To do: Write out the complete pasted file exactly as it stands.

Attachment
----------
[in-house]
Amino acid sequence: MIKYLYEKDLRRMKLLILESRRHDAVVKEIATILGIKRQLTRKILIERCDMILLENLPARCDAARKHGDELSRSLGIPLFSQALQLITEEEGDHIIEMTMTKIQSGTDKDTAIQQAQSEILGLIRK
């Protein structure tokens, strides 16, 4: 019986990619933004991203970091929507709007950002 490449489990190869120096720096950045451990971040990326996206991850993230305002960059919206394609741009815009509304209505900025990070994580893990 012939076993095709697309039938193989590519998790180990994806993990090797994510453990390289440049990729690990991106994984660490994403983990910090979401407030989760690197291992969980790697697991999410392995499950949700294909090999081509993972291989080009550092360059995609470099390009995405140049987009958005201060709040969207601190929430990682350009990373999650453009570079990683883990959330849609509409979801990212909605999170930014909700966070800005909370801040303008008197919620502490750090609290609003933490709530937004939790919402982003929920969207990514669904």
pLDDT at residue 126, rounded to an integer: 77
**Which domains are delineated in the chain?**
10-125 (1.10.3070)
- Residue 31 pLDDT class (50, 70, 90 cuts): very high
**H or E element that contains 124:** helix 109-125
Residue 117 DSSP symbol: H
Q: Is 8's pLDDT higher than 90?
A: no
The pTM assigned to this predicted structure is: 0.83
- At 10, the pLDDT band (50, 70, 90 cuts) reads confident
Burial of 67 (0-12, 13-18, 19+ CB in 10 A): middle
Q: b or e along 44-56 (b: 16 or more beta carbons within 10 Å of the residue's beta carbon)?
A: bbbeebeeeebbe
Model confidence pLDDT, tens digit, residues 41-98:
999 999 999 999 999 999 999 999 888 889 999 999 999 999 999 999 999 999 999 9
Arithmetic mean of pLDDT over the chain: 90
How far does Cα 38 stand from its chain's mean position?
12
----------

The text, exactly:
[in-house]
Amino acid sequence: MIKYLYEKDLRRMKLLILESRRHDAVVKEIATILGIKRQLTRKILIERCDMILLENLPARCDAARKHGDELSRSLGIPLFSQALQLITEEEGDHIIEMTMTKIQSGTDKDTAIQQAQSEILGLIRK
């Protein structure tokens, strides 16, 4: 019986990619933004991203970091929507709007950002 490449489990190869120096720096950045451990971040990326996206991850993230305002960059919206394609741009815009509304209505900025990070994580893990 012939076993095709697309039938193989590519998790180990994806993990090797994510453990390289440049990729690990991106994984660490994403983990910090979401407030989760690197291992969980790697697991999410392995499950949700294909090999081509993972291989080009550092360059995609470099390009995405140049987009958005201060709040969207601190929430990682350009990373999650453009570079990683883990959330849609509409979801990212909605999170930014909700966070800005909370801040303008008197919620502490750090609290609003933490709530937004939790919402982003929920969207990514669904």
pLDDT at residue 126, rounded to an integer: 77
**Which domains are delineated in the chain?**
10-125 (1.10.3070)
- Residue 31 pLDDT class (50, 70, 90 cuts): very high
**H or E element that contains 124:** helix 109-125
Residue 117 DSSP symbol: H
Q: Is 8's pLDDT higher than 90?
A: no
The pTM assigned to this predicted structure is: 0.83
- At 10, the pLDDT band (50, 70, 90 cuts) reads confident
Burial of 67 (0-12, 13-18, 19+ CB in 10 A): middle
Q: b or e along 44-56 (b: 16 or more beta carbons within 10 Å of the residue's beta carbon)?
A: bbbeebeeeebbe
Model confidence pLDDT, tens digit, residues 41-98:
999 999 999 999 999 999 999 999 888 889 999 999 999 999 999 999 999 999 999 9
Arithmetic mean of pLDDT over the chain: 90
How far does Cα 38 stand from its chain's mean position?
12